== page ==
Latest Updates on Hunt The West
Washington State Considers Abolishing Department of Fish and Wildlife
February 16, 2010.
A Washington State Senate committee is holding a public hearing on February 17 on Senate Bill 6813 that would abolish the Department of Fish & Wildlife and move it into the Department of Natural Resources.
SB 6813 summarizes its motivation with this language:
"The legislature finds that perpetual management of Washington state natural resources ... requires clear, efficient, streamlined, and scientific management by a single state agency. "
The single agency would be achieved by merging the Washington Department of Fish and Wildlife and the State Parks and Recreation Commission in to the Department of Natural Resources.
This is potentially a big deal to Washington hunters, as it's the WDFW that manages hunting and fishing in the state.
A fiscal note prepared by last week by WDFW staffers indicates merging would initially cost $1 million a year through 2013 and then yield a savings of $1.5 million a year starting in 2015.
The note identifies where cuts might be made. Among the agency’s 1,444 employees, somewhere around 7 to 8 full-time jobs could be eliminated because of overlap. Among other savings it identifies is $50,000 for road maintenance and $30,000 for fire suppression; DNR and WDFW manage vast swaths of the state’s timber and sagelands.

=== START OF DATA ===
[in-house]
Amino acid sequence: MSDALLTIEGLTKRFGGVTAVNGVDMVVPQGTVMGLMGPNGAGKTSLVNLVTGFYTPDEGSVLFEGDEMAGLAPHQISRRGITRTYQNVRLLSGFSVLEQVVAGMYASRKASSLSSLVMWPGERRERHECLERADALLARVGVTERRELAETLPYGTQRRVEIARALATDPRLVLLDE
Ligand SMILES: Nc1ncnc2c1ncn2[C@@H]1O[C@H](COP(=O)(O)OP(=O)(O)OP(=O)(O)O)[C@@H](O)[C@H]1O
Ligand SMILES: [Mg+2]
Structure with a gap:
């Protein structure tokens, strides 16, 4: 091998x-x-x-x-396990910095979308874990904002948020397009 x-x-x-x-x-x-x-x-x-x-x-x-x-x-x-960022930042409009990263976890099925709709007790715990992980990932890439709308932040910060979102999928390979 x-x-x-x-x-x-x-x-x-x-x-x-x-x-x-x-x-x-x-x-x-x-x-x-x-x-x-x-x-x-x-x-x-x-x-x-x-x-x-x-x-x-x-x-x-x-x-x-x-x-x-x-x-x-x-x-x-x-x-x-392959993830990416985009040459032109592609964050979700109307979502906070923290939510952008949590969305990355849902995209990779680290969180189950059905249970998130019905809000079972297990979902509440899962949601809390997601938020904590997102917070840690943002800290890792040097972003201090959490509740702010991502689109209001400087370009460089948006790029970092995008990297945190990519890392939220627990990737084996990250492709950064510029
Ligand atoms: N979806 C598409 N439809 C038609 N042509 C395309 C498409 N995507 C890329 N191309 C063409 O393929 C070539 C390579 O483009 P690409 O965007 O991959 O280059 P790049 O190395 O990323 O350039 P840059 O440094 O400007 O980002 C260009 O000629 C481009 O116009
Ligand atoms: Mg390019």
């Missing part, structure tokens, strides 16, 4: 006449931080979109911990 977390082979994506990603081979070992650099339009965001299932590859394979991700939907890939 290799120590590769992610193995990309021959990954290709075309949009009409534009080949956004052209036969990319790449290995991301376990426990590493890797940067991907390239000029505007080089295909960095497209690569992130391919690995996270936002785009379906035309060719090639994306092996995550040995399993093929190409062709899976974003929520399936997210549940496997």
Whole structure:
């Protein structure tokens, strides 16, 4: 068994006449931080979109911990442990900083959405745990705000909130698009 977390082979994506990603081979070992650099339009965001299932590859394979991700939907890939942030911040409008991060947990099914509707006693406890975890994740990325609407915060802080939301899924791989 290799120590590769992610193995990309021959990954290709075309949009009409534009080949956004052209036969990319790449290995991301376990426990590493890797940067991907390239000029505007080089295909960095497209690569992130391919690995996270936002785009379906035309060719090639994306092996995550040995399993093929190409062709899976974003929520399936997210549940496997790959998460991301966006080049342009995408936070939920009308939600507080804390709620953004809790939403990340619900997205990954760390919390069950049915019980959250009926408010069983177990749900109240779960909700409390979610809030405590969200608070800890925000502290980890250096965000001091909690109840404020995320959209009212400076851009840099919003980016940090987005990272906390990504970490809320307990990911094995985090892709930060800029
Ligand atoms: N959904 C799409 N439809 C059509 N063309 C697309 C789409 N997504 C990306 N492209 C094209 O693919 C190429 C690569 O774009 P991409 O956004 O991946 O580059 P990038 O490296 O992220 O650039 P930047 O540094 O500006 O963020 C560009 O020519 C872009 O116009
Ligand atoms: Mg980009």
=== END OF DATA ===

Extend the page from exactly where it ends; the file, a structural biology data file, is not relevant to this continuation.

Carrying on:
The State Parks and Recreation Commission would also be abolished and moved into DNR under the bill.
The Washington Fish and Wildlife Commission, a 9-member board that oversees the WDFW, has come out strongly against the plan.
In a statement issued on February 12, they stated their "strong opposition" to the bill, noting that:
"The merger proposed in this bill will diminish the ability of each component agency to successfully focus and consolidate the needed resources on the core elements of its own unique mission."
The Commission also cast shadows over the legality of the move, noting that in Referendum 45 in 1995, the voters of Washington empowered the Fish and Wildlife Commission with supervisory authority over the Department director. The merger of the departments would remove this authority, seemingly violating the Referendum.
To follow this issue, I suggest keeping an eye on the Northwest Sportsman — they're much closer to this than me.